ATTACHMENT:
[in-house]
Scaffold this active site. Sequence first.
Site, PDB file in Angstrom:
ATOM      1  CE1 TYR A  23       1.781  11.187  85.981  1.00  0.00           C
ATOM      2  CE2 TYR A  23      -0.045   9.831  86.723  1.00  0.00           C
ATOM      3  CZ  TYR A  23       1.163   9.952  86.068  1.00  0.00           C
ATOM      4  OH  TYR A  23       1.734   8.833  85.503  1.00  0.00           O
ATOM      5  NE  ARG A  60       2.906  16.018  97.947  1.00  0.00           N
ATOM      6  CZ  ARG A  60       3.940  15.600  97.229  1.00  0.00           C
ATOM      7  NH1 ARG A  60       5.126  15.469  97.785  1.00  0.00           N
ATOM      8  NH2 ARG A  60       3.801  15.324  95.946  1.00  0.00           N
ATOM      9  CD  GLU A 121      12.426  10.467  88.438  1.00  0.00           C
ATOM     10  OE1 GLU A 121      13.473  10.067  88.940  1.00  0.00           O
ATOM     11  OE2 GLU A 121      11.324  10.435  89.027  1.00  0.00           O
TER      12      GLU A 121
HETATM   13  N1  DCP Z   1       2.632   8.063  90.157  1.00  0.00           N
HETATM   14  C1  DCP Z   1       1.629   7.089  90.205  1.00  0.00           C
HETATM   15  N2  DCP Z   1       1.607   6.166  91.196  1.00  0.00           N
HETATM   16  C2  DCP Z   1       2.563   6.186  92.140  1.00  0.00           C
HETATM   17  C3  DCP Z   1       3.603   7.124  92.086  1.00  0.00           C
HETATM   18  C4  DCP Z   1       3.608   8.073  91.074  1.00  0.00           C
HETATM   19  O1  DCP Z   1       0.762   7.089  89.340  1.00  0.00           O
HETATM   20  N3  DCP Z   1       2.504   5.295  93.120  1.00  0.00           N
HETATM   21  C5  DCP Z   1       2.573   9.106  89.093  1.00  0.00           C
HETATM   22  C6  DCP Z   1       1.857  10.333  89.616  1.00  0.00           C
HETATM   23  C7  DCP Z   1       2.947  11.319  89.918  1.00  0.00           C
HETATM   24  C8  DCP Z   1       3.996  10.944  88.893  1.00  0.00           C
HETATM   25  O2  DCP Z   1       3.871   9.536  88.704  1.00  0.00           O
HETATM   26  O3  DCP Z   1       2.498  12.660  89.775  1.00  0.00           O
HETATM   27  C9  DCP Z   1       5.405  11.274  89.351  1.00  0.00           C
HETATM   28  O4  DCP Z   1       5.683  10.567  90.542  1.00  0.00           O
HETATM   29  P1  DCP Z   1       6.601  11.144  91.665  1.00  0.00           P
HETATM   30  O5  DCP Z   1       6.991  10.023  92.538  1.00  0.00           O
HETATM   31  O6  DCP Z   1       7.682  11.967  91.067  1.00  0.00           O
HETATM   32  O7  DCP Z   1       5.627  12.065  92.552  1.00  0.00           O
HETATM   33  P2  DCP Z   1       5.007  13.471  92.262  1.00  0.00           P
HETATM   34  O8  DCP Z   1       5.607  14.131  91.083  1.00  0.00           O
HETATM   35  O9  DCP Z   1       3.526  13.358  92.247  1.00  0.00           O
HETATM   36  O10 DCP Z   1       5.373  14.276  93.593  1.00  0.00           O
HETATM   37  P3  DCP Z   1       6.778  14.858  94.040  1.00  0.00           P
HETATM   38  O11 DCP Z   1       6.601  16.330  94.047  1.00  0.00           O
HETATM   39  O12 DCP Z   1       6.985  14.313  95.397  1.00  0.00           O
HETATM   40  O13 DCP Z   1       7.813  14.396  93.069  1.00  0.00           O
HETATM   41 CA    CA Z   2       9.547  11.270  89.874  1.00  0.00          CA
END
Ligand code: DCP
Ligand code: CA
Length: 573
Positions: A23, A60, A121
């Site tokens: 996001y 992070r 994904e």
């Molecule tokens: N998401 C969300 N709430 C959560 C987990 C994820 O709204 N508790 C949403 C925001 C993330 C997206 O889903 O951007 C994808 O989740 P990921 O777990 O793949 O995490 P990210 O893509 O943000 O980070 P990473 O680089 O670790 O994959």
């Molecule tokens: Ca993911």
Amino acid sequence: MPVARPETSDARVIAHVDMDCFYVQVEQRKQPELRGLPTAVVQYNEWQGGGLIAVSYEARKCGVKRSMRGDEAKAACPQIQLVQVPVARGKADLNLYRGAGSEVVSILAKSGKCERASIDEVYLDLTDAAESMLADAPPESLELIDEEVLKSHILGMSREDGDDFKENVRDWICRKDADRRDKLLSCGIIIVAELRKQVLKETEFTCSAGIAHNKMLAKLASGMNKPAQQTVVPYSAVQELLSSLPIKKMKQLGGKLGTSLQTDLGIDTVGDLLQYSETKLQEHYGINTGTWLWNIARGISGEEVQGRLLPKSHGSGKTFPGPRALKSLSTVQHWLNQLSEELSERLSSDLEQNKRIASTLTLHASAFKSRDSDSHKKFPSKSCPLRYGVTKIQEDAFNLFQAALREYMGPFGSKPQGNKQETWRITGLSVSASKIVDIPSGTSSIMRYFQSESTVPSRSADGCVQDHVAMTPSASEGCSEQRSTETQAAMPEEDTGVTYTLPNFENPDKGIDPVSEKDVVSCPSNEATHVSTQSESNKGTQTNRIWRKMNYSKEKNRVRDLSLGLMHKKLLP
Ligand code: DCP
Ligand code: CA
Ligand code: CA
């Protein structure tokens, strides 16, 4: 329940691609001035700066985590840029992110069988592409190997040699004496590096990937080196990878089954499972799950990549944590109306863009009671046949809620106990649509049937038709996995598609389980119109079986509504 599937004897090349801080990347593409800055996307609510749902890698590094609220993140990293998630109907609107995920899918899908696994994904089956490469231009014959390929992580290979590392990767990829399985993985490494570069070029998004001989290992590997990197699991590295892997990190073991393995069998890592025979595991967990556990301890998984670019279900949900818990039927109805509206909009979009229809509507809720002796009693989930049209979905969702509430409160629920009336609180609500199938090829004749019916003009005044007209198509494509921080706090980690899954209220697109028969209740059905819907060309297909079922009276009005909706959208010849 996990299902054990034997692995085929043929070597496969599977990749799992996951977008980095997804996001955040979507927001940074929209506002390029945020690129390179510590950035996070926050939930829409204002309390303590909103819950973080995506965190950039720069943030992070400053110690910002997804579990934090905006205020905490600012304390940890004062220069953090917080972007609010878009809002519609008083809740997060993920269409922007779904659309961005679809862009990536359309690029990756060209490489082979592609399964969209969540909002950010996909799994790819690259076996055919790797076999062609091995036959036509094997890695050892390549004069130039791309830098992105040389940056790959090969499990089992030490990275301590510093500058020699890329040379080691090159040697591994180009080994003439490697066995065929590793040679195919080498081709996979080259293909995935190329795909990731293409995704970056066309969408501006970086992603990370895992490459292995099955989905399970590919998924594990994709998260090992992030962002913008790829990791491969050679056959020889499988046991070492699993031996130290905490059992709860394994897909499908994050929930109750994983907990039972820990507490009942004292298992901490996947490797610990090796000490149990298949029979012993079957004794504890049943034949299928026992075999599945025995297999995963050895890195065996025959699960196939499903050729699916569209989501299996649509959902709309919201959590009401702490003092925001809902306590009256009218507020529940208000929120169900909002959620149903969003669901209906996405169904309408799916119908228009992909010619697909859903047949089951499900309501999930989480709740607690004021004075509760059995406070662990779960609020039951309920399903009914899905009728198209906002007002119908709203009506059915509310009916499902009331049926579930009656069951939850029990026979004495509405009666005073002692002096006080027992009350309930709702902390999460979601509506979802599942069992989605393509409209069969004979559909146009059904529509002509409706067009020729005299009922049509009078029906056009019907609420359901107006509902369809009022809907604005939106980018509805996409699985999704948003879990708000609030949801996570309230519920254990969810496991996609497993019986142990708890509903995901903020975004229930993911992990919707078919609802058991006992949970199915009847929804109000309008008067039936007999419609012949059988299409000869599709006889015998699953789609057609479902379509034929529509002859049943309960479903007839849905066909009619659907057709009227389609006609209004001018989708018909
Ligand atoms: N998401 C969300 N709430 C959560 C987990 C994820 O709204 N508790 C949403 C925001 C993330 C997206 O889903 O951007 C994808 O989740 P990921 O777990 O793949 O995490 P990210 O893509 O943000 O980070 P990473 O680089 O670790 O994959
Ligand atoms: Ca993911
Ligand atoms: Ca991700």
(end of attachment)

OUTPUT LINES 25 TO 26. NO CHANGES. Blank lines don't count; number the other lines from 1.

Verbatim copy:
HETATM   22  C6  DCP Z   1       1.857  10.333  89.616  1.00  0.00           C
HETATM   23  C7  DCP Z   1       2.947  11.319  89.918  1.00  0.00           C